Definition of starch in English:



  • 1An odourless, tasteless white substance occurring widely in plant tissue and obtained chiefly from cereals and potatoes. It is a polysaccharide which functions as a carbohydrate store and is an important constituent of the human diet.

    • ‘Unbranched starch is called amylose; branched starch is called amylopectin.’
    • ‘From these results, it was proposed that sucrose metabolism following rapid starch degradation plays an important role in energy production and growth of pondweed turions under anoxia.’
    • ‘Sucrose can be converted to all other forms of carbohydrates, such as starch, as a storage compound in the roots and trunks, and cellulose, which is present in all cells.’
    • ‘The sugars are often linked together for easy storage into a complex carbohydrate called starch.’
    • ‘Loci detected by genes functional in starch and hexose metabolism or transport are shaded gray.’
    • ‘Rhodophytes store their energy surplus from photosynthesis in the form of floridean starch, a carbohydrate assembled from approximately 15 glucose units.’
    • ‘They stored more soluble carbohydrates than starch, with concentrations five to ten times higher than those in flower buds or vegetative organs.’
    • ‘Starchy materials which contain more complex carbohydrates, including starch and insulin, require several steps before fermentation.’
    • ‘The starch stored in natural plant sugars is harvested and then the sugar is fermented into lactic acid.’
    • ‘Glucose, in turn, is used as an eventual building block for sucrose, starch, and other carbohydrates.’
    • ‘For example, soft drink manufacturers use a heat stable enzyme to turn starch from potatoes into sugar that can then be used in soft drinks.’
    • ‘This decrease of invertase activities resulted in a decreased hexose: sucrose ratio accompanied by starch and protein deposition.’
    • ‘Yamada provided extensive data showing the rapid loss of starch and total carbohydrates during submergence in leaves, leaf sheaths and roots.’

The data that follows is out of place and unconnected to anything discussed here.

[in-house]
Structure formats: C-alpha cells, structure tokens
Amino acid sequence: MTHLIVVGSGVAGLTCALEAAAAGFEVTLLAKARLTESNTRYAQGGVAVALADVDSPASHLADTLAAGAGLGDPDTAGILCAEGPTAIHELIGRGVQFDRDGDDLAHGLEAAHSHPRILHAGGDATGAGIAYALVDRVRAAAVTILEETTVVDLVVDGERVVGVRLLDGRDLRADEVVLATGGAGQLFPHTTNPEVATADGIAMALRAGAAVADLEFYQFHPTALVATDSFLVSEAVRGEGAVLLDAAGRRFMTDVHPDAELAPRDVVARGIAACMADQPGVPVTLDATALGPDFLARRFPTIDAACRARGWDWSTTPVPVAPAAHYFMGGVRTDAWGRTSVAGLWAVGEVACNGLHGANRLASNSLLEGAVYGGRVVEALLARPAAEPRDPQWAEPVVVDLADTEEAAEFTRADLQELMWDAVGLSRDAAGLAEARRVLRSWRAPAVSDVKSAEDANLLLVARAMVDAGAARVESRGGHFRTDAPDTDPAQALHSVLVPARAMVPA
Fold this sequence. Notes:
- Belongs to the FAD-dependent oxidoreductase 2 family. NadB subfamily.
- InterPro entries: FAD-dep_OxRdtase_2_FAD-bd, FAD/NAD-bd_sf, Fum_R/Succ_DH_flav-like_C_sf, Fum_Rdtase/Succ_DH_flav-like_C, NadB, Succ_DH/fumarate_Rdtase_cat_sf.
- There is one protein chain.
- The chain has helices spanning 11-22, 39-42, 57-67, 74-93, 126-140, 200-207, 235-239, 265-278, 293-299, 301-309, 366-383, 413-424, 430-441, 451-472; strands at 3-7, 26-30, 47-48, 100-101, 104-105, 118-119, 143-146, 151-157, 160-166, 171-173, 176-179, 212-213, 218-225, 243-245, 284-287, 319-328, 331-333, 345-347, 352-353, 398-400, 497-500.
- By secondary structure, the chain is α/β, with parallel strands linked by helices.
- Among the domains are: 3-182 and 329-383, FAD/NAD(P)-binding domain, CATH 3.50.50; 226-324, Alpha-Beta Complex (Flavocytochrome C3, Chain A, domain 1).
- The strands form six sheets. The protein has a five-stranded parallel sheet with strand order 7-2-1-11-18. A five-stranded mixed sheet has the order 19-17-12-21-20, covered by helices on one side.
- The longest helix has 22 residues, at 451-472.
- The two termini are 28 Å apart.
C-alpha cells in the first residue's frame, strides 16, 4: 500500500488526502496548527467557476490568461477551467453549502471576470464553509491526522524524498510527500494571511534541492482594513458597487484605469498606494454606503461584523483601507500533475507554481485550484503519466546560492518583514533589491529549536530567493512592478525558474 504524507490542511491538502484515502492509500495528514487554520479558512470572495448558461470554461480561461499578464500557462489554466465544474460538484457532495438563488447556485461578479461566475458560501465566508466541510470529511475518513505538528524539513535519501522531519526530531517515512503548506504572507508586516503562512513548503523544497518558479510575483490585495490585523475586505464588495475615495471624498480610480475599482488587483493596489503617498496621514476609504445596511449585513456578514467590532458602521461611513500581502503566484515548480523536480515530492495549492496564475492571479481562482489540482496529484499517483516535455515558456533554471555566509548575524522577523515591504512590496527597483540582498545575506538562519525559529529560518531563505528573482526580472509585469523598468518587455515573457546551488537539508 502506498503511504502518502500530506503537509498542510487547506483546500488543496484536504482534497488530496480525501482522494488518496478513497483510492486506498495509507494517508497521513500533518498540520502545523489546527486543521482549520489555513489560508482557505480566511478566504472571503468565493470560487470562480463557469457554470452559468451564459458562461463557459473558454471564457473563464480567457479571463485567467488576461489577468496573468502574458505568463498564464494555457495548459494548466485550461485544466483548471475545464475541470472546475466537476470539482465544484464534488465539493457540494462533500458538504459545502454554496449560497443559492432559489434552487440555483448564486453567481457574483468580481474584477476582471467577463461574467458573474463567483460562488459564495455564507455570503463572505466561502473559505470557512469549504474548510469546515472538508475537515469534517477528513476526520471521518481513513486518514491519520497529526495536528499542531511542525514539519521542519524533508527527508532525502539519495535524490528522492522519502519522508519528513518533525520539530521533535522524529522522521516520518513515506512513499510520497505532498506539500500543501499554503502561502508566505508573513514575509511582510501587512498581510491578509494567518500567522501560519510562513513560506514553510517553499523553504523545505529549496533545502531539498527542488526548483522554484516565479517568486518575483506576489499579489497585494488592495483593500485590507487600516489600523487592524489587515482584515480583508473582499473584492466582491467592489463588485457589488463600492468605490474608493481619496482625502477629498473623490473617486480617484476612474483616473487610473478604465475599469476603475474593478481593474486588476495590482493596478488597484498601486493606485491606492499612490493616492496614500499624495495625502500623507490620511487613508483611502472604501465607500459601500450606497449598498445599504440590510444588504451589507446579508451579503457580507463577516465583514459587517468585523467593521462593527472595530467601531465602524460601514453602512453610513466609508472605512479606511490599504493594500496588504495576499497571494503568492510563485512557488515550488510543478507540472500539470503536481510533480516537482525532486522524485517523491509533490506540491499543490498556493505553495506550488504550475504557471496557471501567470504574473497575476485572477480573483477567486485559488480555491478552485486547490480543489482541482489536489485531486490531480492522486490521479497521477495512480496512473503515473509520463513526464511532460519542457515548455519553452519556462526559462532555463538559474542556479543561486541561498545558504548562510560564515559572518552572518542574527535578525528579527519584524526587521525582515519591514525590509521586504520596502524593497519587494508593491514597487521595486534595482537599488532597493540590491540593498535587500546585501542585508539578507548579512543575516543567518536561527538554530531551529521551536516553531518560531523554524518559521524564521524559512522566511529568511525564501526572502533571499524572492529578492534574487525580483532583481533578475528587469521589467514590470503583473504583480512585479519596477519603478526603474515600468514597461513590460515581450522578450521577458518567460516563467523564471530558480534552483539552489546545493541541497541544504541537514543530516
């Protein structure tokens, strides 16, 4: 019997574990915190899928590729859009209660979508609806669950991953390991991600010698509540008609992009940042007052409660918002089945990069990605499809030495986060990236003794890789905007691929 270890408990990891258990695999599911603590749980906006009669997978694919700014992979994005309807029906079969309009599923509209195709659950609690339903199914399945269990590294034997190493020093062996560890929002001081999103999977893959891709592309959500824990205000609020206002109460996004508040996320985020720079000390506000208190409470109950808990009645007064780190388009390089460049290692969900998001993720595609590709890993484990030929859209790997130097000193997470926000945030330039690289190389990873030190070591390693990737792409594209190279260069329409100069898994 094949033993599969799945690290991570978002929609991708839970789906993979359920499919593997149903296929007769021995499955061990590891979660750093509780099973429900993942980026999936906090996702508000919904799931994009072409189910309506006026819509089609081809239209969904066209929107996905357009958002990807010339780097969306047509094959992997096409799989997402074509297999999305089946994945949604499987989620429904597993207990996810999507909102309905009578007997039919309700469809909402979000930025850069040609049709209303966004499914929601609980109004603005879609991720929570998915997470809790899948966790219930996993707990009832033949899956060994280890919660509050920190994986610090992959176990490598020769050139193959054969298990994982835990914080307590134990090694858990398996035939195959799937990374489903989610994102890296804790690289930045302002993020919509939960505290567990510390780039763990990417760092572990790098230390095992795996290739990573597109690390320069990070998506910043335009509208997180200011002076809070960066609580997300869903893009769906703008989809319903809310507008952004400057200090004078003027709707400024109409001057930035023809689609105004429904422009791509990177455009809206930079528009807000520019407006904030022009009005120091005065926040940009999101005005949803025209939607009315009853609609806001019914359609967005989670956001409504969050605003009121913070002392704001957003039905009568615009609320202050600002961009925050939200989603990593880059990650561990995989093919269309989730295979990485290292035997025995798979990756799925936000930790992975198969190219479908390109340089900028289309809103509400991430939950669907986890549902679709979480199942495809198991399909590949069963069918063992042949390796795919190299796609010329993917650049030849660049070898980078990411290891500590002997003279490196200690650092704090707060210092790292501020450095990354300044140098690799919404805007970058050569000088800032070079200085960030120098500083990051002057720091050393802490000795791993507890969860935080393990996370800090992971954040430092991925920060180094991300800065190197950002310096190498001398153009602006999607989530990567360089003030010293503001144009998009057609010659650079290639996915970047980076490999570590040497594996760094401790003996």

• ‘The contents of protein, sugar, starch and lysine in maize plant are critical to maize quality.’
    • ‘The most important polysaccharides are starch, cellulose and glycogen.’
    • ‘Virtually all of the carbohydrate accumulated as starch and sucrose during the day was degraded at night.’
    • ‘But Vicki Finkenstadt and J.L. Willett have shown that plant polysaccharides, such as starch and cellulose, work just as well.’
    • ‘Enzymatically, amylase breaks starch into maltose and glucose.’
    • ‘The three types of complex carbohydrates of nutritional importance are fiber, starch, and glycogen.’
    • ‘Nodules were extracted and assayed for starch, sucrose, glucose, fructose, total amino acids, and ureides as described previously.’
    1. 1.1Food containing starch.
      ‘they eat far too much starch’
      • ‘To qualify, there should be a carbohydrate or starch source such as rice, pasta, or potatoes, some protein as in meat or eggs and vegetables or fruit to provide vitamins and minerals.’
      • ‘Thus his diet promotes the eating of fats and proteins rather then starch, sugars and carbohydrates.’
      • ‘A life food diet excludes cooked food and starch because they cause mold, fungi, and yeast to form in the body.’
      • ‘For the lobster noodles: In a food processor combine the lobster meat, egg white, potato starch, and yam.’
      • ‘A basic meal comprises a starch food, preferably soft or hard taro, tapioca, or rice, and a protein food, normally fish.’
      • ‘It is true that our body needs the four food groups: protein, starch, vitamins and minerals, and fats, but they all cannot be digested at the same time.’
      • ‘He also instructs his readers to avoid starch, sugar, and flour based foods and to prefer light meats, greens, root vegetables, cabbage, and fruit.’
      • ‘In a large bowl, combine the lobster, scallops, shrimp, egg white and potato starch; mix well to combine.’
      • ‘Indeed, some athletes have found success in reducing their intake of starch and replacing it with high-protein foods.’
      • ‘There is no meat (apart from fish) no bread, protein, starch, carbohydrates… nothing but leaves, nuts and berries.’
      • ‘Insulin is a hormone needed to convert sugar, starch and other foods into energy needed for daily life.’
      • ‘Eat either protein or starch combined with vegetables other than the potato.’
      • ‘For lunch, the main meal of the day, people eat soup, meat, a main-course starch, vegetables, and a salad.’
      • ‘This plant has a wide distribution in tropical Africa and is an important source of starch and protein for Africans.’
      • ‘In the northeast of England, food is heavy, solid, comforting; filled with protein, carbohydrates, starch, and grease.’
      • ‘The traditional German diet is high in starch (noodles and dumplings in the south, potatoes in the north).’
      • ‘If protein foods are eaten with starch, six or more hours are needed depending on the type of protein.’
      • ‘Fold the vanilla, vinegar, and potato starch into the egg white mixture.’